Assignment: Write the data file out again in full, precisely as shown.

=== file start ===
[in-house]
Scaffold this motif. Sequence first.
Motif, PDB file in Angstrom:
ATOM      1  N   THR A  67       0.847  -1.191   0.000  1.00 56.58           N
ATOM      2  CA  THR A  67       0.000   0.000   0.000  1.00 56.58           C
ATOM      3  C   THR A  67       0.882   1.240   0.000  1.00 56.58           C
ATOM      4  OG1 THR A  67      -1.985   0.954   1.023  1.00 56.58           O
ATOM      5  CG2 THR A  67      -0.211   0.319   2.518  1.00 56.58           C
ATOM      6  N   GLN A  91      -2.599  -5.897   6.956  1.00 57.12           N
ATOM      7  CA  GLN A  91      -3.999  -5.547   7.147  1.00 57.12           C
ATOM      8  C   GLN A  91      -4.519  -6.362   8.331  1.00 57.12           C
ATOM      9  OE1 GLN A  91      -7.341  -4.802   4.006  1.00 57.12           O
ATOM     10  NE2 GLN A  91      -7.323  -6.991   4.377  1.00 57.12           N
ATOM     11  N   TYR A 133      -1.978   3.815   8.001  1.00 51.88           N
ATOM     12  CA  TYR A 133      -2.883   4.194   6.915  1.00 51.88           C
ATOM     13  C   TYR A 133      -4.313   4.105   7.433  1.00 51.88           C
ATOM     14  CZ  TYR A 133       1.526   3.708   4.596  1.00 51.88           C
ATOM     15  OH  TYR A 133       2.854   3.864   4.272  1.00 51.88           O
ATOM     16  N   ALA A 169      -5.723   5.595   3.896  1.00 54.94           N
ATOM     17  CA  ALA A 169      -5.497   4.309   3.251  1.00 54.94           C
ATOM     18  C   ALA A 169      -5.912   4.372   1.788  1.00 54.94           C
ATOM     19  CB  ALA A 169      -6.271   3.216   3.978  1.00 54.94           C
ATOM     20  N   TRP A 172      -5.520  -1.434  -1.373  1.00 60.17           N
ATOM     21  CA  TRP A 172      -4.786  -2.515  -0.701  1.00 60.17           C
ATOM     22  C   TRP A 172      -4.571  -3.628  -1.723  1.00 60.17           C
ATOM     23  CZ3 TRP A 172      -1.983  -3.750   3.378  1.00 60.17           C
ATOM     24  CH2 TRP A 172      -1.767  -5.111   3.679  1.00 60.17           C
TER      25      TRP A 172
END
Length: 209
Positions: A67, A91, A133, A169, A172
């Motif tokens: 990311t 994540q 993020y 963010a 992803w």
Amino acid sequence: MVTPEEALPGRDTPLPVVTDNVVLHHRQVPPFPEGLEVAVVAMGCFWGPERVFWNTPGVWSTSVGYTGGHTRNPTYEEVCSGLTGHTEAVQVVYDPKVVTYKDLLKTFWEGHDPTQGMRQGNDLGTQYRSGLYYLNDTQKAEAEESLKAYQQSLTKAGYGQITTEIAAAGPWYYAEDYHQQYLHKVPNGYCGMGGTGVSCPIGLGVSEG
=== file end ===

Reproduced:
[in-house]
Scaffold this motif. Sequence first.
Motif, PDB file in Angstrom:
ATOM      1  N   THR A  67       0.847  -1.191   0.000  1.00 56.58           N
ATOM      2  CA  THR A  67       0.000   0.000   0.000  1.00 56.58           C
ATOM      3  C   THR A  67       0.882   1.240   0.000  1.00 56.58           C
ATOM      4  OG1 THR A  67      -1.985   0.954   1.023  1.00 56.58           O
ATOM      5  CG2 THR A  67      -0.211   0.319   2.518  1.00 56.58           C
ATOM      6  N   GLN A  91      -2.599  -5.897   6.956  1.00 57.12           N
ATOM      7  CA  GLN A  91      -3.999  -5.547   7.147  1.00 57.12           C
ATOM      8  C   GLN A  91      -4.519  -6.362   8.331  1.00 57.12           C
ATOM      9  OE1 GLN A  91      -7.341  -4.802   4.006  1.00 57.12           O
ATOM     10  NE2 GLN A  91      -7.323  -6.991   4.377  1.00 57.12           N
ATOM     11  N   TYR A 133      -1.978   3.815   8.001  1.00 51.88           N
ATOM     12  CA  TYR A 133      -2.883   4.194   6.915  1.00 51.88           C
ATOM     13  C   TYR A 133      -4.313   4.105   7.433  1.00 51.88           C
ATOM     14  CZ  TYR A 133       1.526   3.708   4.596  1.00 51.88           C
ATOM     15  OH  TYR A 133       2.854   3.864   4.272  1.00 51.88           O
ATOM     16  N   ALA A 169      -5.723   5.595   3.896  1.00 54.94           N
ATOM     17  CA  ALA A 169      -5.497   4.309   3.251  1.00 54.94           C
ATOM     18  C   ALA A 169      -5.912   4.372   1.788  1.00 54.94           C
ATOM     19  CB  ALA A 169      -6.271   3.216   3.978  1.00 54.94           C
ATOM     20  N   TRP A 172      -5.520  -1.434  -1.373  1.00 60.17           N
ATOM     21  CA  TRP A 172      -4.786  -2.515  -0.701  1.00 60.17           C
ATOM     22  C   TRP A 172      -4.571  -3.628  -1.723  1.00 60.17           C
ATOM     23  CZ3 TRP A 172      -1.983  -3.750   3.378  1.00 60.17           C
ATOM     24  CH2 TRP A 172      -1.767  -5.111   3.679  1.00 60.17           C
TER      25      TRP A 172
END
Length: 209
Positions: A67, A91, A133, A169, A172
């Motif tokens: 990311t 994540q 993020y 963010a 992803w």
Amino acid sequence: MVTPEEALPGRDTPLPVVTDNVVLHHRQVPPFPEGLEVAVVAMGCFWGPERVFWNTPGVWSTSVGYTGGHTRNPTYEEVCSGLTGHTEAVQVVYDPKVVTYKDLLKTFWEGHDPTQGMRQGNDLGTQYRSGLYYLNDTQKAEAEESLKAYQQSLTKAGYGQITTEIAAAGPWYYAEDYHQQYLHKVPNGYCGMGGTGVSCPIGLGVSEG